I already had three degrees in chemistry and you can only imagine how shocking and infuriating it was to hear, as a young person who had recently graduated with the highest qualification one could get in chemistry, that one would have to take beginner’s courses again.
I asked the benighted woman who was talking with me, surely this could not be true, that the school would not honor any degreed credit from other very well known places. She just froze up and said I’d have to take the things again.
Maybe she was incompetent or crazy or something was really wrong that day. It brought everything to a bad halt. There was no point in having a conversation or to make plans on continuing education.
After that I just didn’t give a shit. You can only take so much nonsensical crap and rejection letters explaining in a sentence how your skills are or were not commensurate with the needs of the employer.
This was my conclusion:
Schools and businesses stopped honoring any type of credentials and experience when and wherever it was convenient, which was usually when you walked in their door …
American business and schooling has made it their business to just deny people what they have learned as part of a racket to force many out of the workforce. It is a convenience, one to push desperate people into spending more and more money on “retraining.” Anything that will discredit labor and ability is thrown at you.
Another feature of the American scientific establishment that took over while I was in my development years was the settling in of the system in which newly graduated doctorates were side-tracked into teaching undergraduate science courses as second-class citizens. Tenured professors were, in this burgeoning system, freed to perform glorious research while a poorly paid but highly trained workforce with no benefits and no job security was retained to teach undergraduate students.
As higher education priced itself more and more out of reach of average Americans (unless they were willing to incur heavy debt burdens upon graduation), it worked to guarantee there really wasn’t much of a demand for scientists. Unless they wanted to spend a lot of time, perhaps all their careers, working as second and third class citizens in the academic community.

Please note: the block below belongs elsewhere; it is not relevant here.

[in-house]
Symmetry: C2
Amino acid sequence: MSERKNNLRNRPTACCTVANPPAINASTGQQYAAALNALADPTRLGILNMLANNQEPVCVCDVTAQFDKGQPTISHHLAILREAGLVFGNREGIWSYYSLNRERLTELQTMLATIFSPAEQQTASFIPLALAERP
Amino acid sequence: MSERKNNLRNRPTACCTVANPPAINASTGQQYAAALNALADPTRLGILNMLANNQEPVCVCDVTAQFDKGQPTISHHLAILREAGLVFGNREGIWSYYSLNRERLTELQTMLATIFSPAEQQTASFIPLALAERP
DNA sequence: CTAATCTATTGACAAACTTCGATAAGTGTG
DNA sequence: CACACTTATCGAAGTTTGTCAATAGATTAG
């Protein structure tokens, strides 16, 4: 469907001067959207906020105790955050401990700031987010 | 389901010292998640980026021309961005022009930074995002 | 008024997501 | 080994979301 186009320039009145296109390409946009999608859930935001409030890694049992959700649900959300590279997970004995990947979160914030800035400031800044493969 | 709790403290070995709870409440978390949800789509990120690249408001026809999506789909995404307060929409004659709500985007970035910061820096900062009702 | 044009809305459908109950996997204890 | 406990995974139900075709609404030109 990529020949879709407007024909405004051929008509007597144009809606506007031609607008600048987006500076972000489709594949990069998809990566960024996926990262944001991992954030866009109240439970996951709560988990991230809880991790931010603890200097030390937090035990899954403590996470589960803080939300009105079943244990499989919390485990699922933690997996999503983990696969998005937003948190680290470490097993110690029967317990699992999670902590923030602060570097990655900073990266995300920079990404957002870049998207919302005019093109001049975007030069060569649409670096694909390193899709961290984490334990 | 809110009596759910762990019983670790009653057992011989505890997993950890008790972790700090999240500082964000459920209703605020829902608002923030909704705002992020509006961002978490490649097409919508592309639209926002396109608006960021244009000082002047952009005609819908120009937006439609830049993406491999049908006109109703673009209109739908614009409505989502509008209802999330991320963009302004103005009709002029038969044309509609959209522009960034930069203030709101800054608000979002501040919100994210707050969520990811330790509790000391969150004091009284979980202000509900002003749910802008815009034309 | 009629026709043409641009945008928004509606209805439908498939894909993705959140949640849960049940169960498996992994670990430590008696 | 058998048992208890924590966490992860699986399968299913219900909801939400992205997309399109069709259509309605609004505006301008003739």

Americans are enthusiastic about the promise of science but lack basic knowledge of it, with one in four unaware that the Earth revolves around the Sun, said a poll out Friday.
The survey included more than 2,200 people in the United States and was conducted by the National Science Foundation.
Nine questions about physical and biological science were on the quiz, and the average score — 6.5 correct — was barely a passing grade.
Just 74 percent of respondents knew that the Earth revolved around the Sun, according to the results released at the American Association for the Advancement of Science meeting in Chicago.
Fewer than half (48 percent) knew that human beings evolved from earlier species of animals.
The result of the survey, which is conducted every two years, will be included in a National Science Foundation report to President Barack Obama and US lawmakers.
The Culture of Lickspittle gets what it deserves.
Americans are “enthusiastic” about science? I call bullshit.
That’s one of those things you can expect people to say when asked because they feel it’s what they ought to sound like as a proper person in public. Indifferent to science would have been a more believable result.
And such results will be included in a “a report” to “US lawmakers,” half or maybe more who believe global warming is a hoax and don’t believe in the theory of evolution?
I had nothing to do with this sorry mess. Don’t blame me. I cared once. Now I don’t.
If you’d gone through it you wouldn’t either.
Note: I am sure my experience was not that unique. Nationally, I’m betting the system simply rejected a lot of people in similar ways.
So maybe ya think blowtorch-strength cynicism isn’t warranted?
This is one answer. Really.